Protest against razing Bungalow No. 35 called off
The residents of Girgaum’s Khotachi Wadi had to cancel their silent march planned on Sunday evening to protest the building of an 18-storey tower on one of their plots.mumbai Updated: Nov 29, 2010 01:50 IST
The residents of Girgaum’s Khotachi Wadi had to cancel their silent march planned on Sunday evening to protest the building of an 18-storey tower on one of their plots.
But more than 300 people from all over the city came to participate in a signature campaign to save Bungalow No. 35 from being razed.
The planned protest march was called off after local police told the residents that it could be a law and order problem.
Residents say the 150-year-old Portuguese-style bungalow, located in the centre of the Khotachi Wadi, has been bought by Deekay builders for the construction of a high-rise that will be completely incompatible with the existing infrastructure.
“There are a lot of other places that builders can use to build, but their greed should not be allowed when it’s a question of destroying our heritage,” said Luv Parikh, finance professional from Malabar Hill who came to express his solidarity with the residents by signing in the petition book placed at Khotachi Wadi’s oratory.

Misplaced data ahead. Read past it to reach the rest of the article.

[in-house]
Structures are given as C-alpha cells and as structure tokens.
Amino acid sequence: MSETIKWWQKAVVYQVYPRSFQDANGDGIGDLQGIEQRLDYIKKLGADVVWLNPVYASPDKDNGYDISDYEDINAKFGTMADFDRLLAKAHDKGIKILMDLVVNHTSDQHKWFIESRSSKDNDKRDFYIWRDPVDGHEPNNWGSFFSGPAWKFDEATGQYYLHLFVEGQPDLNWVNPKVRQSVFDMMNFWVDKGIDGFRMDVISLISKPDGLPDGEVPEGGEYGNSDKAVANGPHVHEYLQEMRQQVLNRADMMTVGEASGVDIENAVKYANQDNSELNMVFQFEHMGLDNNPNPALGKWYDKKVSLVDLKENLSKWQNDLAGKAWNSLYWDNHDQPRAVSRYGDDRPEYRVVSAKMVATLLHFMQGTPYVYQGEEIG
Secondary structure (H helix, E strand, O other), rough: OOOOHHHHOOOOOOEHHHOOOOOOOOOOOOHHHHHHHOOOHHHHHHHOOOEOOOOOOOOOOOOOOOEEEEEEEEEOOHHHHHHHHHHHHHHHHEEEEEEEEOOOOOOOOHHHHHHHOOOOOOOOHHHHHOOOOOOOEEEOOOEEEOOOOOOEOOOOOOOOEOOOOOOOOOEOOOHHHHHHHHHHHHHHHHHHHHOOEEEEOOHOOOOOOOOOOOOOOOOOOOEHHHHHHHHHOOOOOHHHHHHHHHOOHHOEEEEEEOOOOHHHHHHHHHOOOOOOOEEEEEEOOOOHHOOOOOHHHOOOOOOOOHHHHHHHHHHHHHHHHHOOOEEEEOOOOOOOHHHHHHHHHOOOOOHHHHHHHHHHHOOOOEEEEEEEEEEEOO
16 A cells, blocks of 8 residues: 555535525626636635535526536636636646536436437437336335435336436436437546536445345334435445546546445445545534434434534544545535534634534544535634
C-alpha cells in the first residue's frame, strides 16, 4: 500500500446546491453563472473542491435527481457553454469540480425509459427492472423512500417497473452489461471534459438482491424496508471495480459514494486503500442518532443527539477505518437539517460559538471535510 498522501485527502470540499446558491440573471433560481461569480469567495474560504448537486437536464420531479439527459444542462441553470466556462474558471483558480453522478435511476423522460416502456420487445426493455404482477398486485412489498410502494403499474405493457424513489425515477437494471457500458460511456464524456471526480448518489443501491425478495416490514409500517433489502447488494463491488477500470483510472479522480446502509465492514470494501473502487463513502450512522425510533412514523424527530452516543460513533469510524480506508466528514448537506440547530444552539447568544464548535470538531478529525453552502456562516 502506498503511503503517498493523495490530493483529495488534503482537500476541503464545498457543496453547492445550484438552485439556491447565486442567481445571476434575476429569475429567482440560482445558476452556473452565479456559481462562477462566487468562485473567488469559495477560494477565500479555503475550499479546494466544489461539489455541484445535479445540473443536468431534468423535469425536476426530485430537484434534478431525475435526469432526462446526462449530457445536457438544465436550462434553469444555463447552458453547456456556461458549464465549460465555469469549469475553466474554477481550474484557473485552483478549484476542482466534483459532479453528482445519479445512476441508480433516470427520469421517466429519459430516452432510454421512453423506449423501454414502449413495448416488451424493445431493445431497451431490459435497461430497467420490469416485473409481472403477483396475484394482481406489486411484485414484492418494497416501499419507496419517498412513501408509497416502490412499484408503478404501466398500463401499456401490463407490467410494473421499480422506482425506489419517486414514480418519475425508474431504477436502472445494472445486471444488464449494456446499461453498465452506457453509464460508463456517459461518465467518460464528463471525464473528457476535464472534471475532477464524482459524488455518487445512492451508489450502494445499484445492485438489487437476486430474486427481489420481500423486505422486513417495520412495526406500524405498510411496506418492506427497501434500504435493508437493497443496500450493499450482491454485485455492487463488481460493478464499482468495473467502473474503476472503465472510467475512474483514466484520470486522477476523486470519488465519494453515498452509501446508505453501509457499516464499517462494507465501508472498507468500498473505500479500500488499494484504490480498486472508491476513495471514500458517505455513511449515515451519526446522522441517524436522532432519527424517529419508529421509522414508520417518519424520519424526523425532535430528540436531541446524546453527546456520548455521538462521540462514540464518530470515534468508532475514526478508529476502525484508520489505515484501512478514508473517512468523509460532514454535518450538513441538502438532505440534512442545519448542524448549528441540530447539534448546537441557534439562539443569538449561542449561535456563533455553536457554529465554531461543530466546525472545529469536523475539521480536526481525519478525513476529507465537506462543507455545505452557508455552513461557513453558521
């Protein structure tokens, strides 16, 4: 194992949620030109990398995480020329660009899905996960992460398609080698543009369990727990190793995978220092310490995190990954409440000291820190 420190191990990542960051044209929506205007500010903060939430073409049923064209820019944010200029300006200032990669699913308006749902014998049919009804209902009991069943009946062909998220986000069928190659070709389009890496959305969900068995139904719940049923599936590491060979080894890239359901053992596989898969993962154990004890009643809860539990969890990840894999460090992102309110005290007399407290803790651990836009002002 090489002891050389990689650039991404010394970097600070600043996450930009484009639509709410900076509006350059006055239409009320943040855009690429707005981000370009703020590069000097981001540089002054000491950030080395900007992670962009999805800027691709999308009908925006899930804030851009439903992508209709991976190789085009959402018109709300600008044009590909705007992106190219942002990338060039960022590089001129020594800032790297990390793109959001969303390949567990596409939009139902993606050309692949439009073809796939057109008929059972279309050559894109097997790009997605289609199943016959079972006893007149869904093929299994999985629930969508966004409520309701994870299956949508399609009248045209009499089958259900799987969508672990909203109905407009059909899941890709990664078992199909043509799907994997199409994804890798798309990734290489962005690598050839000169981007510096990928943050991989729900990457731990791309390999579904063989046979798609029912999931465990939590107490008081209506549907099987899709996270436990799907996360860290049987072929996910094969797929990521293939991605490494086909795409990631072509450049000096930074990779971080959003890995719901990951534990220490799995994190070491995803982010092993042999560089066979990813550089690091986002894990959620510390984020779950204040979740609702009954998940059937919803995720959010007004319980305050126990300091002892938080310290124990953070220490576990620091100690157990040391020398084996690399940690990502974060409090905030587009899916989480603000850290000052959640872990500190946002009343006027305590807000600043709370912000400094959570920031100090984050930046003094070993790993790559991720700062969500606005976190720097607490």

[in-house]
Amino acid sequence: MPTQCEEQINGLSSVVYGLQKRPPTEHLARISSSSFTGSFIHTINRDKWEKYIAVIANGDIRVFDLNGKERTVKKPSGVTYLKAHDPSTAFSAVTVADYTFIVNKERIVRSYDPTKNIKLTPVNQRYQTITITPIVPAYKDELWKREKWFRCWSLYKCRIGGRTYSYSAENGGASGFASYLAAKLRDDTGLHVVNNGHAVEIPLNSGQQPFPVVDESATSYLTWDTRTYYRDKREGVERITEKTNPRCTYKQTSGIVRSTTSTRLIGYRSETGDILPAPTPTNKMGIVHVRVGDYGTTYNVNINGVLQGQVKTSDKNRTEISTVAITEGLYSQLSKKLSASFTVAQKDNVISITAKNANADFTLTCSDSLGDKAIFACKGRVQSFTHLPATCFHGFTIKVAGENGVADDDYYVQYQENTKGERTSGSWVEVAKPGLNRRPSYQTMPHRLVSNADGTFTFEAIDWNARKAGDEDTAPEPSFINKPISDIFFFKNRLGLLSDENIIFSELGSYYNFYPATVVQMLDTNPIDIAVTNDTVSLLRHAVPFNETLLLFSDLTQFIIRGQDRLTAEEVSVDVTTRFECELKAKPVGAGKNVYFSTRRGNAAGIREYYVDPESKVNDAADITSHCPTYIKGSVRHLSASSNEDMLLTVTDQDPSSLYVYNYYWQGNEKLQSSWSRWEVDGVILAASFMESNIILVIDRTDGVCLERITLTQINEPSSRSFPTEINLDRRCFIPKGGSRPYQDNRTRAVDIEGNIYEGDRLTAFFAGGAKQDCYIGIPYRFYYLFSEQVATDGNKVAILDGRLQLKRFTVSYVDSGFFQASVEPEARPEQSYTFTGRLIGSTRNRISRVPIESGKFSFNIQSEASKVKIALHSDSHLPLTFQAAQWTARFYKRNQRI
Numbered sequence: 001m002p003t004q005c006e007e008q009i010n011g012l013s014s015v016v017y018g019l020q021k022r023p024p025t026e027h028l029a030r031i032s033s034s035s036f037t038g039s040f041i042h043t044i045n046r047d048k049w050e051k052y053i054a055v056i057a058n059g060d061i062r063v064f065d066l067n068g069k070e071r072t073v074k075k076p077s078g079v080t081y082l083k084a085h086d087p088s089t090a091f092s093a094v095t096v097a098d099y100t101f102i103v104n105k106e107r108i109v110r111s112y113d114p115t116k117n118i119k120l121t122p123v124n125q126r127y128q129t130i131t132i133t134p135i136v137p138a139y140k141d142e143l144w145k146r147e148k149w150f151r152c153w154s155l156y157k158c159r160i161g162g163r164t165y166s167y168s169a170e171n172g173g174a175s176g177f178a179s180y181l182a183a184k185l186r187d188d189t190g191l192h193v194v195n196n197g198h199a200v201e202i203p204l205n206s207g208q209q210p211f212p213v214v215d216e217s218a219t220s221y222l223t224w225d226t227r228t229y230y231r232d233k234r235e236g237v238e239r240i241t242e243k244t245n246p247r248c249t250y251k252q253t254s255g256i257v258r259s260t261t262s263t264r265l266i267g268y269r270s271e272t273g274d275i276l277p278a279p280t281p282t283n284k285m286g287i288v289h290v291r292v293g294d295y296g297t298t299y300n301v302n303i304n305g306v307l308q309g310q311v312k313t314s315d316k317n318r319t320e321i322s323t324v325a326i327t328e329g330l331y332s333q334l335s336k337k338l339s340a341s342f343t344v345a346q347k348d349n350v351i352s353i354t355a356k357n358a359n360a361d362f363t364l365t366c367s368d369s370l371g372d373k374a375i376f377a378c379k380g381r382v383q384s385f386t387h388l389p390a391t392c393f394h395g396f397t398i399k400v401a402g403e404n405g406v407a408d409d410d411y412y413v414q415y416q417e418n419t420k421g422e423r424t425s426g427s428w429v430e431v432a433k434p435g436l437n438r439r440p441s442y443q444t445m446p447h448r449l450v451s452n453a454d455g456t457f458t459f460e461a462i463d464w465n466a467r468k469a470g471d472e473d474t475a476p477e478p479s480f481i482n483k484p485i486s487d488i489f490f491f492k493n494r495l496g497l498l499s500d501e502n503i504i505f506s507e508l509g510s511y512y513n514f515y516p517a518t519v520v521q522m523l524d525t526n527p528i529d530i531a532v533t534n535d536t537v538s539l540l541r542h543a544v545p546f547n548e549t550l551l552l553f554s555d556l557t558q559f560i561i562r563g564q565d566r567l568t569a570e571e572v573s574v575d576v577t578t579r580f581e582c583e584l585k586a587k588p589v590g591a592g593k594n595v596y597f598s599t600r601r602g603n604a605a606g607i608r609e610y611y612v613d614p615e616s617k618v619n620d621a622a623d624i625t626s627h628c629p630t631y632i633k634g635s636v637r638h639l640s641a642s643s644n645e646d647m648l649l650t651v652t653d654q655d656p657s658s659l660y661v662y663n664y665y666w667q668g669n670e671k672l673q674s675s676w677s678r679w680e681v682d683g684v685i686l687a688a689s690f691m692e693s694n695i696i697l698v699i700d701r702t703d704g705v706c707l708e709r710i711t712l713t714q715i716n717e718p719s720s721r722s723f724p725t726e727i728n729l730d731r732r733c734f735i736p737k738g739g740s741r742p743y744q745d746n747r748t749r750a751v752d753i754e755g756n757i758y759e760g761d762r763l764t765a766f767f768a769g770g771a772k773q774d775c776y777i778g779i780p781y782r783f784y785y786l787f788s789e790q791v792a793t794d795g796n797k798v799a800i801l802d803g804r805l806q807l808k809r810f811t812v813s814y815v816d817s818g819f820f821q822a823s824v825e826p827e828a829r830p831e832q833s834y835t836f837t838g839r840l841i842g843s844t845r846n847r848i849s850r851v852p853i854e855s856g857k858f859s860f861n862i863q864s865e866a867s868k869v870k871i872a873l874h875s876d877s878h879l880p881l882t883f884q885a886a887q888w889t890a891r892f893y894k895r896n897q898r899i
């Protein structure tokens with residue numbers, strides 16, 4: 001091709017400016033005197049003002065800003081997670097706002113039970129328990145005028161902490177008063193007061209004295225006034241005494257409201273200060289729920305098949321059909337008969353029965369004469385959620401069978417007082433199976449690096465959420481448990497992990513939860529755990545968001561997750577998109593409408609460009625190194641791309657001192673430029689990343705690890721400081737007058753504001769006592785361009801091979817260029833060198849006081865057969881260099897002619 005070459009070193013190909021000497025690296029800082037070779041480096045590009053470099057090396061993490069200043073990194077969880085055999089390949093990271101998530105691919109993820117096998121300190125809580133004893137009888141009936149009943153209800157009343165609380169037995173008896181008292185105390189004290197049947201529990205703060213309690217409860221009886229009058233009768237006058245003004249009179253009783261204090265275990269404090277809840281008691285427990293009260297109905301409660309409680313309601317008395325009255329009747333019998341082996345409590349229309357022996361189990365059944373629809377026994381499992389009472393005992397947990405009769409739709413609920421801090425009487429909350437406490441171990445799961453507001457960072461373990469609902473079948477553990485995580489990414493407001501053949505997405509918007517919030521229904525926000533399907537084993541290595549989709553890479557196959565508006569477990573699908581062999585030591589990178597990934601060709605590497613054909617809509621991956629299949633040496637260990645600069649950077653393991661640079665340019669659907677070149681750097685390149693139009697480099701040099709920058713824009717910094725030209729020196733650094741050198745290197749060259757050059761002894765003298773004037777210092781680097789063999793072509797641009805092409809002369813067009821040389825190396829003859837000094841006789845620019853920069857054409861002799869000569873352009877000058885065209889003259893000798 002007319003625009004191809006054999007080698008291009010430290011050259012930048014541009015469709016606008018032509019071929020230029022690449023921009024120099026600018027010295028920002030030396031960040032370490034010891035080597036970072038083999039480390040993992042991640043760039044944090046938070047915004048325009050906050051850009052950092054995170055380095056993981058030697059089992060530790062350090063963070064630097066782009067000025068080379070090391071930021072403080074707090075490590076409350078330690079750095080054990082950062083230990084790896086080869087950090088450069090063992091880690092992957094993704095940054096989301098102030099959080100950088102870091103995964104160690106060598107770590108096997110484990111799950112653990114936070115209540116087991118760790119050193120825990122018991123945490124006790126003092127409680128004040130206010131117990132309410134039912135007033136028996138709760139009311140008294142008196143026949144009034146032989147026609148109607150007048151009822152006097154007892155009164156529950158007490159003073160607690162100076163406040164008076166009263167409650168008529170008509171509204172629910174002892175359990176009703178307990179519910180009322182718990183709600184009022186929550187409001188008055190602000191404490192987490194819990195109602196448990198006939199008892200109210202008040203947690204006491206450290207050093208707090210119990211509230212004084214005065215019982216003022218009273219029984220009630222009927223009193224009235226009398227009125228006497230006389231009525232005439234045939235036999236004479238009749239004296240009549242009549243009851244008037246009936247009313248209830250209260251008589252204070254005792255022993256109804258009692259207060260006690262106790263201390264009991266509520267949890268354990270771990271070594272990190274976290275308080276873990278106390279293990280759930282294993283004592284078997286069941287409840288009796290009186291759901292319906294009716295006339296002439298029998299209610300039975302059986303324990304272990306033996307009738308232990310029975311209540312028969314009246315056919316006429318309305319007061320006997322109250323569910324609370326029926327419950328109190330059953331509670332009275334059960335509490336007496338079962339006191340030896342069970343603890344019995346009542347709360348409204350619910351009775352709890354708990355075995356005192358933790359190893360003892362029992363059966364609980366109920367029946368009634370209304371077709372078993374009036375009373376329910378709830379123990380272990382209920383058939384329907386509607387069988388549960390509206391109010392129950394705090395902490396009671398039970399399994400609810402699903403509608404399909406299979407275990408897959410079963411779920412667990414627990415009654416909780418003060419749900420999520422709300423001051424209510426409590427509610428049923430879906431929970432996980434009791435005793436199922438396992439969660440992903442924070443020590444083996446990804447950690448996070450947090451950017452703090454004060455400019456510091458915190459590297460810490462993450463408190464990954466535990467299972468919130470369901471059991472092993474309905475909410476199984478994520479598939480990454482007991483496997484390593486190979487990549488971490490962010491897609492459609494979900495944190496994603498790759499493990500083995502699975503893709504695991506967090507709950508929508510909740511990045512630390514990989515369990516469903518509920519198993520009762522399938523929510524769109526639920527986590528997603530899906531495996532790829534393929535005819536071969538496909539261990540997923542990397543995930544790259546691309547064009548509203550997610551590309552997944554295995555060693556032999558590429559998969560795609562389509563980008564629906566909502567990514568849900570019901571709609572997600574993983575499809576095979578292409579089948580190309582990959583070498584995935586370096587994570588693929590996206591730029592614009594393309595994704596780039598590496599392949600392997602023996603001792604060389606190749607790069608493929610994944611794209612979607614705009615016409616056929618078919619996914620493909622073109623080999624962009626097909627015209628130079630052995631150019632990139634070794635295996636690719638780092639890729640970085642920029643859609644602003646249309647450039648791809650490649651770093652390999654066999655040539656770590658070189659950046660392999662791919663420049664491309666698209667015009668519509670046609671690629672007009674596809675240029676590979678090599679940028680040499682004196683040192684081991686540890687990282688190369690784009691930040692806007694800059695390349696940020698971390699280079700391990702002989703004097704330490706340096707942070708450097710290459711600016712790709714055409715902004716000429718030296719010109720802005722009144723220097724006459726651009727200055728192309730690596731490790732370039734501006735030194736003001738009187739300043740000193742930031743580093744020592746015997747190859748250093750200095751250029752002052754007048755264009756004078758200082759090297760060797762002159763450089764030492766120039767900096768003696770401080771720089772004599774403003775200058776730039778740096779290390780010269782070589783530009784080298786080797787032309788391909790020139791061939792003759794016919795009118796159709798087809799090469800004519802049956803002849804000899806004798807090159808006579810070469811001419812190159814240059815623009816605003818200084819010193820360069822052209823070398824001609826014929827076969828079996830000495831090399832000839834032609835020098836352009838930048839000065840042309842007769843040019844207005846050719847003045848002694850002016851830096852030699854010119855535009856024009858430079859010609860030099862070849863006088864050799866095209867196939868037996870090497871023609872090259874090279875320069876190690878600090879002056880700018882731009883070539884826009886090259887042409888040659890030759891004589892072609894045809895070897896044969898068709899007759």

Over 25 students from Jai Hind College were present to take visitors on informal guided tours to the threatened bungalow.
“We read about the issue in the papers and decided to support the cause,” said Kashish Parpiani, a mass media student from the college.
Khotachi Wadi was declared a grade III heritage precinct by the civic body in 1995. Its streets and lanes are narrow, and several residents claim their water problems have intensified ever since Bungalow No. 1 gave way to the seven-storey Deccan Chambers.
“A tower will ruin not just the aesthetics and charm of the precinct but also the practicality of living,” said Sameera Khan, an independent researcher and writer from the area.
“So many different types of structures are possible in a city besides high-rises. They should all be allowed to co-exist.”
Members of the Khotachi Wadi Welfare and Heritage Trust are confident that their campaign to support old houses and coax old residents not to sell off their property will gather steam.
“It is so difficult to get permissions from the heritage committee when we want to renovate our homes, but the builders seem to get clearances so easily. We have to make them responsible,” said James Ferreira, member of the Trust’s managing committee.
The Trust has planned a meeting with 30 other wadi groups and non-profit organisations to discuss the issue on December 4.